By: Tony Best
A “new economic stimulus program,” a reminder to Kittitians and Nevisians to use their expertise, vision and other resources to help spur national development and a call for an emphasis on a “sense of hope” and gratitude.
Those wishes were at the top of a list of national priorities which St. Kitts-Nevis’ Prime Minister, Dr. Denzil Douglas, placed before the 50,000 plus nationals of the Eastern Caribbean country as they mark the 29th anniversary of independence with celebrations across the country and in the Diaspora in New York, London, Birmingham, Boston, Toronto, Miami and other major cities.
“On this 29th anniversary of our independence, look at how we, as a people have used our expertise, our vision, and our wherewithal to ensure that our country has its own independent source of funds to advance the public interest,” he said in a nationally televised independence address. “Funds to educate our children, funds to strengthen the tourism industry, funds for our farmers, funds for training, construction, sports and so much more – all through our internally created Sugar Industry Diversification Foundation.”
The twin island federation which became independent from Britain on September 19th, 1983 is now among the world’s upper-middle income states, according to the World Bank, and Dr. Douglas, a physician whose Labor Party has been running the country for more than a dozen years, said that the Foundation’s resources, supplemented by funds from the private sector and NGOs would be used to implement a stimulus program designed to “increase productivity among the employed,” encourage “innovative start-up” enterprises that would help drive the economy “toward positive growth,” and to create jobs for the unemployed, especially recent high school, college and university graduates “at home and abroad.
He called for assistance to farmers so they can produce “fresh, healthy alternatives to foods from distant shores” and made a special plea to consumers “to spend more of our hard-earned resources with our hard-working farmers, and in the process help our families to return to the foods that made our parents strong.”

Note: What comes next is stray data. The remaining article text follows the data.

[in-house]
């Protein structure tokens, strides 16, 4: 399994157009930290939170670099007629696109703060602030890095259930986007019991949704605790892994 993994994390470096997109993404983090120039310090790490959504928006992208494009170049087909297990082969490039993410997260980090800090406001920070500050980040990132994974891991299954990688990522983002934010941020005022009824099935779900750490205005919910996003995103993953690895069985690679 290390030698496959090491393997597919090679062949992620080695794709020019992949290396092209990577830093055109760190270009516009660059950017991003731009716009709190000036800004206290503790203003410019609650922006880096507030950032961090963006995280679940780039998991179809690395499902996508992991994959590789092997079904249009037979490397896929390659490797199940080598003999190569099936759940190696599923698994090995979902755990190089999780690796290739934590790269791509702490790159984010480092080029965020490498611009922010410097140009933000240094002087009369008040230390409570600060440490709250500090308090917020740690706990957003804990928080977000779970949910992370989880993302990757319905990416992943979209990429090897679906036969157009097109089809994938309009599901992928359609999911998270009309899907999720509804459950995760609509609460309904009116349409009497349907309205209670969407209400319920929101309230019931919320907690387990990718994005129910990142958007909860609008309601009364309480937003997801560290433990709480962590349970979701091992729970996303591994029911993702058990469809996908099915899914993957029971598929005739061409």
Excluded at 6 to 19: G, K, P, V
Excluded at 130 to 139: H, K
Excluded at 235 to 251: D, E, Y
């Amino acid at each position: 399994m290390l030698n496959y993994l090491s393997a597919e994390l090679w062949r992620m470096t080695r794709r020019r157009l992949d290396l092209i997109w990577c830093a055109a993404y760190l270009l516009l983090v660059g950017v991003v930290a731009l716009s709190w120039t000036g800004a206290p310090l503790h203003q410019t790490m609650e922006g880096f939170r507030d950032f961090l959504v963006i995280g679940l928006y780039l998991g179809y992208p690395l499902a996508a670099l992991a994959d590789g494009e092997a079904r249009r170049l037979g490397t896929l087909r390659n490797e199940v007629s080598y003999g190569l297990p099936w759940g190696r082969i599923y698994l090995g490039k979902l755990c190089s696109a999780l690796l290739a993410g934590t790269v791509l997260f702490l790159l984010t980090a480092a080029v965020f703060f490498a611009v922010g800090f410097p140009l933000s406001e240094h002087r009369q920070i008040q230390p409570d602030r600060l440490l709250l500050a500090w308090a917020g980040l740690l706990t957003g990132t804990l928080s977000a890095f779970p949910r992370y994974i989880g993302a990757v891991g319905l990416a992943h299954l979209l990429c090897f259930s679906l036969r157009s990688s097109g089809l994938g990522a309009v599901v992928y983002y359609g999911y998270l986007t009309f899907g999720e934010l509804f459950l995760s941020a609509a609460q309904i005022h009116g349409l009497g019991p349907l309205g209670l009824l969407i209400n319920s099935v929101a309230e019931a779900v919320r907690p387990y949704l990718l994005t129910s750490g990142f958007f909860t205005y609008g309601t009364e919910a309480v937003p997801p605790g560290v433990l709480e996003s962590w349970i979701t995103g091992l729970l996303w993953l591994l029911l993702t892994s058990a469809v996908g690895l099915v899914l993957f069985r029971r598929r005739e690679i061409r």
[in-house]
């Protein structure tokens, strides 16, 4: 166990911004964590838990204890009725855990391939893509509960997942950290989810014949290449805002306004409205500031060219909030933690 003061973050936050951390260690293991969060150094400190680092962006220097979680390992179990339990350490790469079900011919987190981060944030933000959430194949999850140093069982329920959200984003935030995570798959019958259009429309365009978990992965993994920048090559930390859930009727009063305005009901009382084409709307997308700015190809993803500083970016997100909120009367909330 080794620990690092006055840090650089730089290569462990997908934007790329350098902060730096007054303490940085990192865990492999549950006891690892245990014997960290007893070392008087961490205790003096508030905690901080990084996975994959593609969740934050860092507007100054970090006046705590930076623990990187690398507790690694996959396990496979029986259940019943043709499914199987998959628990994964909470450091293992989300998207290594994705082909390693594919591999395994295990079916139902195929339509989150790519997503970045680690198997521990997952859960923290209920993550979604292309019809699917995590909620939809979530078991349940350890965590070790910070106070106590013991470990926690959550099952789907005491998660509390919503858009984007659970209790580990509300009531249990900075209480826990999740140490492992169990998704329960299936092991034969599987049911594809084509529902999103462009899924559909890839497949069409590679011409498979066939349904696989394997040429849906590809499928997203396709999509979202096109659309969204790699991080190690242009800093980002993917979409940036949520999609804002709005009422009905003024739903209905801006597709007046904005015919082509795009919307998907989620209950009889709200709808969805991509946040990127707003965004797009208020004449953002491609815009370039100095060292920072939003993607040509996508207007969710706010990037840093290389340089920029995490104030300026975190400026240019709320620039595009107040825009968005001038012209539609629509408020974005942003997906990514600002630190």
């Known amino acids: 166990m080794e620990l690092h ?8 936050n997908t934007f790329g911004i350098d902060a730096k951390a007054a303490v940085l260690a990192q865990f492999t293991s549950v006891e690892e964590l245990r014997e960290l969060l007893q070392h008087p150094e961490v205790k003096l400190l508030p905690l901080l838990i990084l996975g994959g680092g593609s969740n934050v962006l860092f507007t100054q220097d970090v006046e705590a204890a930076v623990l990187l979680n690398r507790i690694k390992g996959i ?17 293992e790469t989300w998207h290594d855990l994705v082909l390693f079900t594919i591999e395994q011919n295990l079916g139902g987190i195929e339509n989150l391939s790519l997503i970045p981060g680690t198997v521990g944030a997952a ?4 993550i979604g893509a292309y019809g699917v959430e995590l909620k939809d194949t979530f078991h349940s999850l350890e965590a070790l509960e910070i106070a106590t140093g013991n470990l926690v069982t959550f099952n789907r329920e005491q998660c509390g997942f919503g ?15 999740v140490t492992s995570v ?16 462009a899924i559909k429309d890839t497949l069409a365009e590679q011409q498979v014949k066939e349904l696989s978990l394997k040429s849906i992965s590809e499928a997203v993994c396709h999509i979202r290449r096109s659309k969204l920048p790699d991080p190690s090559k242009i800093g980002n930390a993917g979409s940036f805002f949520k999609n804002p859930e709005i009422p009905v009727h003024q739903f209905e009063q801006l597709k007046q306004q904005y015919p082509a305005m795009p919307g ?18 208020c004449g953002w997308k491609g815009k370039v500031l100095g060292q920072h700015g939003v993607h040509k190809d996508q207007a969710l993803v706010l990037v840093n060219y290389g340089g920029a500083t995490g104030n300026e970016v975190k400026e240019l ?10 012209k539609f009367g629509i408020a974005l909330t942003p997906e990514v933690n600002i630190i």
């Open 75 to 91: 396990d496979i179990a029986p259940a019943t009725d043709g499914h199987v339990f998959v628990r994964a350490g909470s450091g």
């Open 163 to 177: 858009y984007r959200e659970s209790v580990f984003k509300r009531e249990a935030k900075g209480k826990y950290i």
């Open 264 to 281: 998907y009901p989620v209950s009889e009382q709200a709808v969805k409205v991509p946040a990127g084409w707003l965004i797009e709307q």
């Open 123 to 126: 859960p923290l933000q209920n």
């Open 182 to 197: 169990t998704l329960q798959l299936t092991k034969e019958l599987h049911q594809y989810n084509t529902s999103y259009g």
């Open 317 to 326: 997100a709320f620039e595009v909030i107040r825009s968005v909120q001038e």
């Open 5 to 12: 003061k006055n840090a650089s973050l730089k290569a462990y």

Focusing on the small nation’s children and their educational needs in a high-tech world, Dr. Douglas suggested that the youngsters needed special attention and computers in the home were a part of the answer.
The students, he said, “take their own computers into their families’ own homes after a day at school, no longer stuck someplace, 10 at night, hoping someone else’s computer will become free,” he said. “Their families no longer paying rent on homes they will never own. These computers give students and their families an opportunity at entrepreneurial independence that had not existed before and they help to develop technological proficiencies – for parents and children alike – that modern employers demand.”
Turning to the matter of gratitude and hope, the Prime Minister appealed for “sense of gratitude as well as a sense of hope” which would be compelling during the independence celebrations and beyond.
“It is my wish that we will be filled with a sense of gratitude because there is, indeed, so much for which we to be grateful,” he declared.